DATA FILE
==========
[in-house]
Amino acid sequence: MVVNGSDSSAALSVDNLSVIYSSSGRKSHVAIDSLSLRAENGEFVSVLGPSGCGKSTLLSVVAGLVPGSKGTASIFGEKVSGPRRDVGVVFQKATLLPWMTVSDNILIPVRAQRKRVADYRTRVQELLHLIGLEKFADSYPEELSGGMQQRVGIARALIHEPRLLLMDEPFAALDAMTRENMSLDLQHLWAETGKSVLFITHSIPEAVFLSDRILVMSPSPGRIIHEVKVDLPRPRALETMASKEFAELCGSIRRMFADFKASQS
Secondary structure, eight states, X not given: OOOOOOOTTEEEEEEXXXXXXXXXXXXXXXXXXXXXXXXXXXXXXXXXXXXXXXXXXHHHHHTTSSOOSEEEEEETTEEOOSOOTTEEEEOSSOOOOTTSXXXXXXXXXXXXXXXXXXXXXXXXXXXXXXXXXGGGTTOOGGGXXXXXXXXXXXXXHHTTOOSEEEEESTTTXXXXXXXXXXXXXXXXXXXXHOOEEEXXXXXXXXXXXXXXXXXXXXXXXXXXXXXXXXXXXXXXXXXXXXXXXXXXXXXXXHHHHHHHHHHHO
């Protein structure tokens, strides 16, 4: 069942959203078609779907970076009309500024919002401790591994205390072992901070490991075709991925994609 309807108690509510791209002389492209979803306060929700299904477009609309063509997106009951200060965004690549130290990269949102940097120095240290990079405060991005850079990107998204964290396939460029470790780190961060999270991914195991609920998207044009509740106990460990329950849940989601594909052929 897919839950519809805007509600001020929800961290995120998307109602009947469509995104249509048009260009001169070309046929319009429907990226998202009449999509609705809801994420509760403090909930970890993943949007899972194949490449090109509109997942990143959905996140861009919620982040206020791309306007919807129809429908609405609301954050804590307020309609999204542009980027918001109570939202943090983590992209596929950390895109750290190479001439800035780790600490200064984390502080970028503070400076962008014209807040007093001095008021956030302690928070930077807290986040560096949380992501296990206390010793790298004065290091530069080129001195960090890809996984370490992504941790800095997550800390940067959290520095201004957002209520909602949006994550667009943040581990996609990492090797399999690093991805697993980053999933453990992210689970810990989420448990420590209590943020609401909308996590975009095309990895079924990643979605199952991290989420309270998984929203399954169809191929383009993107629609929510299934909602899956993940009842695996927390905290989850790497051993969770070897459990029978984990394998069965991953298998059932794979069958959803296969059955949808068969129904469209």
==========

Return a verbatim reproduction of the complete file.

[in-house]
Amino acid sequence: MVVNGSDSSAALSVDNLSVIYSSSGRKSHVAIDSLSLRAENGEFVSVLGPSGCGKSTLLSVVAGLVPGSKGTASIFGEKVSGPRRDVGVVFQKATLLPWMTVSDNILIPVRAQRKRVADYRTRVQELLHLIGLEKFADSYPEELSGGMQQRVGIARALIHEPRLLLMDEPFAALDAMTRENMSLDLQHLWAETGKSVLFITHSIPEAVFLSDRILVMSPSPGRIIHEVKVDLPRPRALETMASKEFAELCGSIRRMFADFKASQS
Secondary structure, eight states, X not given: OOOOOOOTTEEEEEEXXXXXXXXXXXXXXXXXXXXXXXXXXXXXXXXXXXXXXXXXXHHHHHTTSSOOSEEEEEETTEEOOSOOTTEEEEOSSOOOOTTSXXXXXXXXXXXXXXXXXXXXXXXXXXXXXXXXXGGGTTOOGGGXXXXXXXXXXXXXHHTTOOSEEEEESTTTXXXXXXXXXXXXXXXXXXXXHOOEEEXXXXXXXXXXXXXXXXXXXXXXXXXXXXXXXXXXXXXXXXXXXXXXXXXXXXXXXHHHHHHHHHHHO
């Protein structure tokens, strides 16, 4: 069942959203078609779907970076009309500024919002401790591994205390072992901070490991075709991925994609 309807108690509510791209002389492209979803306060929700299904477009609309063509997106009951200060965004690549130290990269949102940097120095240290990079405060991005850079990107998204964290396939460029470790780190961060999270991914195991609920998207044009509740106990460990329950849940989601594909052929 897919839950519809805007509600001020929800961290995120998307109602009947469509995104249509048009260009001169070309046929319009429907990226998202009449999509609705809801994420509760403090909930970890993943949007899972194949490449090109509109997942990143959905996140861009919620982040206020791309306007919807129809429908609405609301954050804590307020309609999204542009980027918001109570939202943090983590992209596929950390895109750290190479001439800035780790600490200064984390502080970028503070400076962008014209807040007093001095008021956030302690928070930077807290986040560096949380992501296990206390010793790298004065290091530069080129001195960090890809996984370490992504941790800095997550800390940067959290520095201004957002209520909602949006994550667009943040581990996609990492090797399999690093991805697993980053999933453990992210689970810990989420448990420590209590943020609401909308996590975009095309990895079924990643979605199952991290989420309270998984929203399954169809191929383009993107629609929510299934909602899956993940009842695996927390905290989850790497051993969770070897459990029978984990394998069965991953298998059932794979069958959803296969059955949808068969129904469209």